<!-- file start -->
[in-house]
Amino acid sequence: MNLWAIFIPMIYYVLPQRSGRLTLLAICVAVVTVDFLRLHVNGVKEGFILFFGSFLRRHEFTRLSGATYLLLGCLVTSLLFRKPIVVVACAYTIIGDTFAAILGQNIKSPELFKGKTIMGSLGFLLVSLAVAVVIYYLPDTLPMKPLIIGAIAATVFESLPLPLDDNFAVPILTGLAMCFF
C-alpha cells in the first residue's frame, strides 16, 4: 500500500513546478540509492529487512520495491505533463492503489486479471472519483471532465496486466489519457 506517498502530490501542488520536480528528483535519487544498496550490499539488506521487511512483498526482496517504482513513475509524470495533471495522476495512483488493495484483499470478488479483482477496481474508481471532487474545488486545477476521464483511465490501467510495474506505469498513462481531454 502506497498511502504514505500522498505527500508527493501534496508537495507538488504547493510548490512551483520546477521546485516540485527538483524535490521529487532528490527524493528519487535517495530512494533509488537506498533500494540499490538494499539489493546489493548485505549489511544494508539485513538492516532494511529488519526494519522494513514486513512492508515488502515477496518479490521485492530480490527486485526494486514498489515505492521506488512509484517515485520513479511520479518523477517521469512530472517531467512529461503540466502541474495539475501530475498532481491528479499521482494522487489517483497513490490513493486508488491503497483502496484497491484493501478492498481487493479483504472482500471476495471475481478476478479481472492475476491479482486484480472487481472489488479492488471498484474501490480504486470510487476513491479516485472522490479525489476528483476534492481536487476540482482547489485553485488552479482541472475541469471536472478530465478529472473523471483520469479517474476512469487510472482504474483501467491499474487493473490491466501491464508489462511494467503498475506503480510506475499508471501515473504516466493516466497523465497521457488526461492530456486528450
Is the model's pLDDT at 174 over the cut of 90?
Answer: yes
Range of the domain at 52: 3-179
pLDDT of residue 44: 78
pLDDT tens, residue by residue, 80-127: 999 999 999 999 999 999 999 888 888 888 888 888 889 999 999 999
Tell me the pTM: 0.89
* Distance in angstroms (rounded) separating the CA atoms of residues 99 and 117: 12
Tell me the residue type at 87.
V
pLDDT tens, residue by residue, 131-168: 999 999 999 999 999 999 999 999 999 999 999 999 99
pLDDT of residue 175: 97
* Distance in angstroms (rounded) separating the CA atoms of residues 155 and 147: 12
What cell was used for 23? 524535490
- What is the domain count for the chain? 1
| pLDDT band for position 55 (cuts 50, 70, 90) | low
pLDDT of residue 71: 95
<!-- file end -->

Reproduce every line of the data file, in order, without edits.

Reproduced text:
[in-house]
Amino acid sequence: MNLWAIFIPMIYYVLPQRSGRLTLLAICVAVVTVDFLRLHVNGVKEGFILFFGSFLRRHEFTRLSGATYLLLGCLVTSLLFRKPIVVVACAYTIIGDTFAAILGQNIKSPELFKGKTIMGSLGFLLVSLAVAVVIYYLPDTLPMKPLIIGAIAATVFESLPLPLDDNFAVPILTGLAMCFF
C-alpha cells in the first residue's frame, strides 16, 4: 500500500513546478540509492529487512520495491505533463492503489486479471472519483471532465496486466489519457 506517498502530490501542488520536480528528483535519487544498496550490499539488506521487511512483498526482496517504482513513475509524470495533471495522476495512483488493495484483499470478488479483482477496481474508481471532487474545488486545477476521464483511465490501467510495474506505469498513462481531454 502506497498511502504514505500522498505527500508527493501534496508537495507538488504547493510548490512551483520546477521546485516540485527538483524535490521529487532528490527524493528519487535517495530512494533509488537506498533500494540499490538494499539489493546489493548485505549489511544494508539485513538492516532494511529488519526494519522494513514486513512492508515488502515477496518479490521485492530480490527486485526494486514498489515505492521506488512509484517515485520513479511520479518523477517521469512530472517531467512529461503540466502541474495539475501530475498532481491528479499521482494522487489517483497513490490513493486508488491503497483502496484497491484493501478492498481487493479483504472482500471476495471475481478476478479481472492475476491479482486484480472487481472489488479492488471498484474501490480504486470510487476513491479516485472522490479525489476528483476534492481536487476540482482547489485553485488552479482541472475541469471536472478530465478529472473523471483520469479517474476512469487510472482504474483501467491499474487493473490491466501491464508489462511494467503498475506503480510506475499508471501515473504516466493516466497523465497521457488526461492530456486528450
Is the model's pLDDT at 174 over the cut of 90?
Answer: yes
Range of the domain at 52: 3-179
pLDDT of residue 44: 78
pLDDT tens, residue by residue, 80-127: 999 999 999 999 999 999 999 888 888 888 888 888 889 999 999 999
Tell me the pTM: 0.89
* Distance in angstroms (rounded) separating the CA atoms of residues 99 and 117: 12
Tell me the residue type at 87.
V
pLDDT tens, residue by residue, 131-168: 999 999 999 999 999 999 999 999 999 999 999 999 99
pLDDT of residue 175: 97
* Distance in angstroms (rounded) separating the CA atoms of residues 155 and 147: 12
What cell was used for 23? 524535490
- What is the domain count for the chain? 1
| pLDDT band for position 55 (cuts 50, 70, 90) | low
pLDDT of residue 71: 95